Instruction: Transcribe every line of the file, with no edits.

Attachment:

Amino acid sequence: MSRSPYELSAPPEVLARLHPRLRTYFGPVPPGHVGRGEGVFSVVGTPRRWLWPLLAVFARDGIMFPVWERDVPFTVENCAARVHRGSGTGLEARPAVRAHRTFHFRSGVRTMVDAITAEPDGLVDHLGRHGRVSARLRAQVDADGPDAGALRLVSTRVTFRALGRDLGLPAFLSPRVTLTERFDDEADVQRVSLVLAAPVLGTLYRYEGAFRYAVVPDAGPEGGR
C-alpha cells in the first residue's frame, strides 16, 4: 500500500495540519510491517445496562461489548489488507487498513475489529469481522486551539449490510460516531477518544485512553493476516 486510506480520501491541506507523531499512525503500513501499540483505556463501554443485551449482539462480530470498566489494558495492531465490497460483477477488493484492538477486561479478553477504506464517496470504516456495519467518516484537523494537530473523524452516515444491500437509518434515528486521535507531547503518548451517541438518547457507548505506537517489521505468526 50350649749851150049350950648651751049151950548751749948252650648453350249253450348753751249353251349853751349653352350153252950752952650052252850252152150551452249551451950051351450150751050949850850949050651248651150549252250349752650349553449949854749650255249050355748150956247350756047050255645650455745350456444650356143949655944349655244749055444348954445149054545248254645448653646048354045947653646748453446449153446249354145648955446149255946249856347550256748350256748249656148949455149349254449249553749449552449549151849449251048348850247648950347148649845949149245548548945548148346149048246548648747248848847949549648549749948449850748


Amino acid sequence: MSRSPYELSAPPEVLARLHPRLRTYFGPVPPGHVGRGEGVFSVVGTPRRWLWPLLAVFARDGIMFPVWERDVPFTVENCAARVHRGSGTGLEARPAVRAHRTFHFRSGVRTMVDAITAEPDGLVDHLGRHGRVSARLRAQVDADGPDAGALRLVSTRVTFRALGRDLGLPAFLSPRVTLTERFDDEADVQRVSLVLAAPVLGTLYRYEGAFRYAVVPDAGPEGGR
C-alpha cells in the first residue's frame, strides 16, 4: 500500500495540519510491517445496562461489548489488507487498513475489529469481522486551539449490510460516531477518544485512553493476516 486510506480520501491541506507523531499512525503500513501499540483505556463501554443485551449482539462480530470498566489494558495492531465490497460483477477488493484492538477486561479478553477504506464517496470504516456495519467518516484537523494537530473523524452516515444491500437509518434515528486521535507531547503518548451517541438518547457507548505506537517489521505468526 50350649749851150049350950648651751049151950548751749948252650648453350249253450348753751249353251349853751349653352350153252950752952650052252850252152150551452249551451950051351450150751050949850850949050651248651150549252250349752650349553449949854749650255249050355748150956247350756047050255645650455745350456444650356143949655944349655244749055444348954445149054545248254645448653646048354045947653646748453446449153446249354145648955446149255946249856347550256748350256748249656148949455149349254449249553749449552449549151849449251048348850247648950347148649845949149245548548945548148346149048246548648747248848847949549648549749948449850748